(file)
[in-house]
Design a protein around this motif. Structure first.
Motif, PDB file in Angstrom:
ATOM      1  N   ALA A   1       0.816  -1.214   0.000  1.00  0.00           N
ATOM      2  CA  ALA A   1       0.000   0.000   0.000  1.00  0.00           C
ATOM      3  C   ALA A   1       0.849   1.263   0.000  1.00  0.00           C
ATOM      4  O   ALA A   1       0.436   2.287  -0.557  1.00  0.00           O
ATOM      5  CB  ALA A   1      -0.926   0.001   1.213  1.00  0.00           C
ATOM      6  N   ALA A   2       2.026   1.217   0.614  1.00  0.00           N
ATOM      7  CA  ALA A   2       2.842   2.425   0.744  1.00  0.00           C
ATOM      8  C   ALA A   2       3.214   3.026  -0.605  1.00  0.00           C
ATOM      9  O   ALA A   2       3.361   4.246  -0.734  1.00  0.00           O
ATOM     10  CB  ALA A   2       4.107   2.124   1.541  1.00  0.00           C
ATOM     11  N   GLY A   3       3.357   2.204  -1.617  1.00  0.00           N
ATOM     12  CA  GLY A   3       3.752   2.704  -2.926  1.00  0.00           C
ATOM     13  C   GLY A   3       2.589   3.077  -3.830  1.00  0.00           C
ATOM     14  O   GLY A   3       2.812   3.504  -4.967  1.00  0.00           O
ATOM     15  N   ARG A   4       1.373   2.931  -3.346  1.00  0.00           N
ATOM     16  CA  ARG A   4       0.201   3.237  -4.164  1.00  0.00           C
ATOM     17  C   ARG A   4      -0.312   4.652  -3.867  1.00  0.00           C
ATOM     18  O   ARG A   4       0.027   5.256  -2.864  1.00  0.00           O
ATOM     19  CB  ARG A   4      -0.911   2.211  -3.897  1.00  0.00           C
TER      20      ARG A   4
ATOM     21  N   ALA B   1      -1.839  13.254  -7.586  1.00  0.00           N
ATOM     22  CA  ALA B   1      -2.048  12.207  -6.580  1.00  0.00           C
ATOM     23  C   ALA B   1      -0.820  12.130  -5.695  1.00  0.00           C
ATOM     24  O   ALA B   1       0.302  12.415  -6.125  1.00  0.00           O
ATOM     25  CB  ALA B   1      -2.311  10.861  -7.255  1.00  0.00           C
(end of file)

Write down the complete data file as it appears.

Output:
[in-house]
Design a protein around this motif. Structure first.
Motif, PDB file in Angstrom:
ATOM      1  N   ALA A   1       0.816  -1.214   0.000  1.00  0.00           N
ATOM      2  CA  ALA A   1       0.000   0.000   0.000  1.00  0.00           C
ATOM      3  C   ALA A   1       0.849   1.263   0.000  1.00  0.00           C
ATOM      4  O   ALA A   1       0.436   2.287  -0.557  1.00  0.00           O
ATOM      5  CB  ALA A   1      -0.926   0.001   1.213  1.00  0.00           C
ATOM      6  N   ALA A   2       2.026   1.217   0.614  1.00  0.00           N
ATOM      7  CA  ALA A   2       2.842   2.425   0.744  1.00  0.00           C
ATOM      8  C   ALA A   2       3.214   3.026  -0.605  1.00  0.00           C
ATOM      9  O   ALA A   2       3.361   4.246  -0.734  1.00  0.00           O
ATOM     10  CB  ALA A   2       4.107   2.124   1.541  1.00  0.00           C
ATOM     11  N   GLY A   3       3.357   2.204  -1.617  1.00  0.00           N
ATOM     12  CA  GLY A   3       3.752   2.704  -2.926  1.00  0.00           C
ATOM     13  C   GLY A   3       2.589   3.077  -3.830  1.00  0.00           C
ATOM     14  O   GLY A   3       2.812   3.504  -4.967  1.00  0.00           O
ATOM     15  N   ARG A   4       1.373   2.931  -3.346  1.00  0.00           N
ATOM     16  CA  ARG A   4       0.201   3.237  -4.164  1.00  0.00           C
ATOM     17  C   ARG A   4      -0.312   4.652  -3.867  1.00  0.00           C
ATOM     18  O   ARG A   4       0.027   5.256  -2.864  1.00  0.00           O
ATOM     19  CB  ARG A   4      -0.911   2.211  -3.897  1.00  0.00           C
TER      20      ARG A   4
ATOM     21  N   ALA B   1      -1.839  13.254  -7.586  1.00  0.00           N
ATOM     22  CA  ALA B   1      -2.048  12.207  -6.580  1.00  0.00           C
ATOM     23  C   ALA B   1      -0.820  12.130  -5.695  1.00  0.00           C
ATOM     24  O   ALA B   1       0.302  12.415  -6.125  1.00  0.00           O
ATOM     25  CB  ALA B   1      -2.311  10.861  -7.255  1.00  0.00           C